Discover Copper Online

Spring 1992

Copper Buffalo to Roam Wyoming

Buffalo will again roam the Oregon Trail. Solid copper buffalo, that is. Some 1,000 of them, each using up to 750 pounds of copper sheet and measuring up to 10 feet long and 6 feet tall, are planned for a half-mile of Wyoming prairie in time to celebrate the trail's sesquicentennial in 1993.

"We have room for more than 8,000 buffalo in the Beaver Rim area, located south of Riverton and east of Lander," says famed U.S. sculptor Robert Berks. Berks' concept of the Great Buffalo Herd Monument promises to be the biggest tourist attraction in the West since Mount Rushmore. The project has the endorsement of U.S. Secretary of Interior Manuel Lujan, the Wyoming Division of Tourism, the Fremont County Commissioners and the Lander City Council along with developmental assistance from the National Buffalo Association, among others.

The estimated $50- to $90-million project will include a complete herd of bulls, cows and calves in their natural proportions, all welded from 1 /4-inch and 1 /8-inch thick copper sheets. For comparison, the Statue of Liberty is made of 1/10-inch copper.

Copper Buffalo Each buffalo will be built with a pivot under its front hooves so that the stylized sculptures will swivel freely like weather vanes, always pointing into the wind in the same way real buffalo graze. A sound mechanism will be installed in each to recreate the buffalo's natural lowing sounds as it turns in the wind. The sculptures are designed to withstand 200 mph winds and temperatures down to -40F.

Berks sees the copper herd as a "monument for the ages, lasting a thousand years and requiring an absolute minimum of maintenance." The Long Island, New York, sculptor says this is "because of the relatively maintenance-free properties of copper." However, because he desires to keep the copper from developing its characteristic blue-green patina, Berks envisions the copper will remain "buffalo brown" through the application of a special coating every 15 years.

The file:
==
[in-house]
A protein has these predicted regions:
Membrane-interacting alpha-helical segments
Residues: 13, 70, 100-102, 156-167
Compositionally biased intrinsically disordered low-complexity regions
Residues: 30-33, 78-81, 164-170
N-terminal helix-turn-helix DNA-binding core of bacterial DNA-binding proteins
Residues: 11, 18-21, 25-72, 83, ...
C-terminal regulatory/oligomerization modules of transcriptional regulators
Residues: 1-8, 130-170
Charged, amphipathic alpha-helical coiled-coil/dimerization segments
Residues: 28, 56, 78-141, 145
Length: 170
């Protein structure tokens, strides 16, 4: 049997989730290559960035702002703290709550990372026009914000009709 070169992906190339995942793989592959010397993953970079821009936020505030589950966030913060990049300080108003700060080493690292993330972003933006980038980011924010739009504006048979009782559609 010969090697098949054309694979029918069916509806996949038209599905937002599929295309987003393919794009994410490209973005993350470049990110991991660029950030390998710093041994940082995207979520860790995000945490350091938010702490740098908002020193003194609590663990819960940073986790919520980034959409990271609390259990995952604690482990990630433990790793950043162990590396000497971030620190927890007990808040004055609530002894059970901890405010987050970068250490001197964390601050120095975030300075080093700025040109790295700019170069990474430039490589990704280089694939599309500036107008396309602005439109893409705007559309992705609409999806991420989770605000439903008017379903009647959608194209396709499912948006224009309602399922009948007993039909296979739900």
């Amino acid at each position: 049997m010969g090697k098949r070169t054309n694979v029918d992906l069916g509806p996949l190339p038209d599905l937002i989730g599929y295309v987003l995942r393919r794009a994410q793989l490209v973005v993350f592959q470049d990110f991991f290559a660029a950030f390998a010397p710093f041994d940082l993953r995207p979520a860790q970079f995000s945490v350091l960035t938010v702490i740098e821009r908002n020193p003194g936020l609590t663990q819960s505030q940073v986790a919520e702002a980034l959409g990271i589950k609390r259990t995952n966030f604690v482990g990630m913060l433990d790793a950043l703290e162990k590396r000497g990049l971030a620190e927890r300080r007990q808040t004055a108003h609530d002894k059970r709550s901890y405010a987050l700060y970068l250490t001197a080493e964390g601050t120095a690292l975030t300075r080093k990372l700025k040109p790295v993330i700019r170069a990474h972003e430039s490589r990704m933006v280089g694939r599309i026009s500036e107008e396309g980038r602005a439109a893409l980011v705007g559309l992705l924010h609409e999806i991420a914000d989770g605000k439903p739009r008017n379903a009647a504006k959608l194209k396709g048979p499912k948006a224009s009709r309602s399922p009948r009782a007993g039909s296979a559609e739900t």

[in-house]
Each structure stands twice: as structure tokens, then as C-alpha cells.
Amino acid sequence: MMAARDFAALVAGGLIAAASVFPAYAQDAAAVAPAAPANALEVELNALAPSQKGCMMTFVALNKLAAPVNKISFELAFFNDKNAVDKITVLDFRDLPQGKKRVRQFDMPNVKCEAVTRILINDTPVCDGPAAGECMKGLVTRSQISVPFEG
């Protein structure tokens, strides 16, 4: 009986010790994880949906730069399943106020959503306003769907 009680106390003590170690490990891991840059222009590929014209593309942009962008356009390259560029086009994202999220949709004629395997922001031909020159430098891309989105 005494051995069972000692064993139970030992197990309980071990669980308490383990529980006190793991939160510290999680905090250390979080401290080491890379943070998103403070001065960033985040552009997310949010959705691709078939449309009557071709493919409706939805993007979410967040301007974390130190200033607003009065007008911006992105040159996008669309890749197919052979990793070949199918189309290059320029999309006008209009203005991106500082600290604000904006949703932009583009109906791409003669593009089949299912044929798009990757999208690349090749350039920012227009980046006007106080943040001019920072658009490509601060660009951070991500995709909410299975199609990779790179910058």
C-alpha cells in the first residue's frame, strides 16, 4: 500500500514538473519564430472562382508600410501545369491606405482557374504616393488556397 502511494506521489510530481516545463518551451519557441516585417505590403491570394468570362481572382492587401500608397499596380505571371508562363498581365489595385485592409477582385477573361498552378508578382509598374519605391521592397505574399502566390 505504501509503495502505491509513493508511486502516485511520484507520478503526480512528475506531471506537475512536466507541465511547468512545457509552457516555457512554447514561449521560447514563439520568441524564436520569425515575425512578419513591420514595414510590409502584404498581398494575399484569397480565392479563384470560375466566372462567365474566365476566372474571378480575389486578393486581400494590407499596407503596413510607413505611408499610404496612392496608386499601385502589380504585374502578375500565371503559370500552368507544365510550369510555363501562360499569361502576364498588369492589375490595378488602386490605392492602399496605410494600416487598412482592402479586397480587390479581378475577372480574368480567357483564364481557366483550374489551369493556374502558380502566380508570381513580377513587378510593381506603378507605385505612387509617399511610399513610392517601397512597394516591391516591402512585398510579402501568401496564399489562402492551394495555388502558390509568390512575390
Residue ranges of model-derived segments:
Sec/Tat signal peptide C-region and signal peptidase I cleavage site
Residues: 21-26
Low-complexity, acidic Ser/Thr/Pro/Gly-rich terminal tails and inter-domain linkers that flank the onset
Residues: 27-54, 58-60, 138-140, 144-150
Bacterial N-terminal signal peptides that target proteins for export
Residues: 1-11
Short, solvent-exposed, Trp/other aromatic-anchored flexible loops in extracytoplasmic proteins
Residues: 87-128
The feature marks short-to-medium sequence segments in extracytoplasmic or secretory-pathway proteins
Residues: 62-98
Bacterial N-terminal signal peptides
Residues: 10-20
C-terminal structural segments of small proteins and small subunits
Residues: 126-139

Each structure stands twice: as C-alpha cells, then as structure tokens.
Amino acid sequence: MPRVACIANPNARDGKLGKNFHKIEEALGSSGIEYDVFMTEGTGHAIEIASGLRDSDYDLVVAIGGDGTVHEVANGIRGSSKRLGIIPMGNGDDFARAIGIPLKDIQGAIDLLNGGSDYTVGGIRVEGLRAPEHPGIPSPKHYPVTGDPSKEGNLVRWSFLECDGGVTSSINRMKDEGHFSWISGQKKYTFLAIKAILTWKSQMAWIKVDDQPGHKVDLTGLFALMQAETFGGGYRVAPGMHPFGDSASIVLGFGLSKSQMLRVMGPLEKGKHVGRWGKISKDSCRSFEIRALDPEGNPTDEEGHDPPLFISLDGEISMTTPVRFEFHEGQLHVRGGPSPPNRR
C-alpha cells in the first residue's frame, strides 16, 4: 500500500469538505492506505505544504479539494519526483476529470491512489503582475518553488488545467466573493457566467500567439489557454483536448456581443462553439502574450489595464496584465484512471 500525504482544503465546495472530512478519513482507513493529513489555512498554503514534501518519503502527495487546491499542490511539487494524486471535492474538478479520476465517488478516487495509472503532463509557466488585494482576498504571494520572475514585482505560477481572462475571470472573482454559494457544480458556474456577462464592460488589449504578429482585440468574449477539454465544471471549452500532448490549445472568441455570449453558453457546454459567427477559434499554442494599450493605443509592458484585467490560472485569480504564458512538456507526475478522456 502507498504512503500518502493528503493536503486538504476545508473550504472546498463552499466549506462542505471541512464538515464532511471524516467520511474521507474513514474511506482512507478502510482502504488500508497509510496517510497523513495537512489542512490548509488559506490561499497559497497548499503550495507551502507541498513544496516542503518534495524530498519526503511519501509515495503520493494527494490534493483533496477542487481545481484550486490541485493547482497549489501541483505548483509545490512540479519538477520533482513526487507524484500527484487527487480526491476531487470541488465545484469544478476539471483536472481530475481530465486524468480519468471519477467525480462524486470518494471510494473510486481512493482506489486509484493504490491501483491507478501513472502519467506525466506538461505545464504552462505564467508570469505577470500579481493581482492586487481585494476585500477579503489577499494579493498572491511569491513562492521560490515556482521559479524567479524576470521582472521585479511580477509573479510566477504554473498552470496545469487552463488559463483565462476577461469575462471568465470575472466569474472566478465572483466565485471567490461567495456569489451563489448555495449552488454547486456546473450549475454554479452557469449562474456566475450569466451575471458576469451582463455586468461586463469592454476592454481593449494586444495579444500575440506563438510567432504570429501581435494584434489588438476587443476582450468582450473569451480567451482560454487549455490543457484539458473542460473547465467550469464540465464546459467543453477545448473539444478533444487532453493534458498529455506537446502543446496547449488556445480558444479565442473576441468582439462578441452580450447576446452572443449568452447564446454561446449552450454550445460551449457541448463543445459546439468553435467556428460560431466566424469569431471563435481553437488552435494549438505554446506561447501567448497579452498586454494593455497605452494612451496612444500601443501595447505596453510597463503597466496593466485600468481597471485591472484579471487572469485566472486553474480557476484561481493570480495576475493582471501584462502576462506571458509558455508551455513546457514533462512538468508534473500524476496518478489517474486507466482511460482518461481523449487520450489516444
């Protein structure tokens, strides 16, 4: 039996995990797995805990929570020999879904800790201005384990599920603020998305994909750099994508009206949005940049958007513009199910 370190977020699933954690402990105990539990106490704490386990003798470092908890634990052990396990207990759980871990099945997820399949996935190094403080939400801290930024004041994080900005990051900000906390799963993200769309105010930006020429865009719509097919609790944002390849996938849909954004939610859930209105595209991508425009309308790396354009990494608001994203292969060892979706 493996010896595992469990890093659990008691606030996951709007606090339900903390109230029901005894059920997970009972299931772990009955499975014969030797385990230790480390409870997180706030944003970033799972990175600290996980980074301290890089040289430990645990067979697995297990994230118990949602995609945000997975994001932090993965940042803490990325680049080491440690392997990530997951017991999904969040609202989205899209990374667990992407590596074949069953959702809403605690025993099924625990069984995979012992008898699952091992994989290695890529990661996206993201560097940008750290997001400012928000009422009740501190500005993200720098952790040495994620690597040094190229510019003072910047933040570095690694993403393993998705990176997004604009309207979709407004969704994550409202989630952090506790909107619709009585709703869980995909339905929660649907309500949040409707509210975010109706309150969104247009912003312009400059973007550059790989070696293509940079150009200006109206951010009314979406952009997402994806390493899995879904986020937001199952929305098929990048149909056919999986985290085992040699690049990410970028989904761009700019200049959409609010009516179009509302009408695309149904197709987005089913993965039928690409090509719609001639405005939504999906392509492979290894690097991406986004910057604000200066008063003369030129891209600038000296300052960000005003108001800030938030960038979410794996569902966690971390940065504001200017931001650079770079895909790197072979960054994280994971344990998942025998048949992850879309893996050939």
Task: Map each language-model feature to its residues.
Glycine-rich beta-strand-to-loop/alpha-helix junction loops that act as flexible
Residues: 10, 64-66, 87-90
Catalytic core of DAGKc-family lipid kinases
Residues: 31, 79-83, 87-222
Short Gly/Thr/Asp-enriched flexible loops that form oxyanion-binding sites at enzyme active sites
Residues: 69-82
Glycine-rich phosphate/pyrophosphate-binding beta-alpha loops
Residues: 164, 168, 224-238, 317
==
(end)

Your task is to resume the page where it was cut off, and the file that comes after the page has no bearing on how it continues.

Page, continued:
Aside from its natural beauty and resistance to weather, Berks chose copper because, "once annealed, copper is one of the easiest materials that can be worked cold." In other words, once the copper sheet has been heat-softened, it can be easily hammered or bent to the artist's desired shapes.

The herd of unique sculptures will be arrayed near the South Pass of the Oregon Trail in the configuration of a giant buffalo that can be identified from the air. According to Berks, "You will be able to see it from the moon. It will be one of the largest works of art in the history of mankind." Plans for the mammoth project include parking and visitor facilities. "We expect to draw visitors from around the world," Berks says.

Berks sees the project as a time machine. "What this country did to the buffalo and how people have restored them is an example of how we can recover from environmental abuses. This [monument] will give people the chance to see what the ancient herds looked like, but unlike real buffalo, which are wild, dangerous animals, these animals will be stationary. People will walk among them and get the feel of just how vast those herds were," he says.

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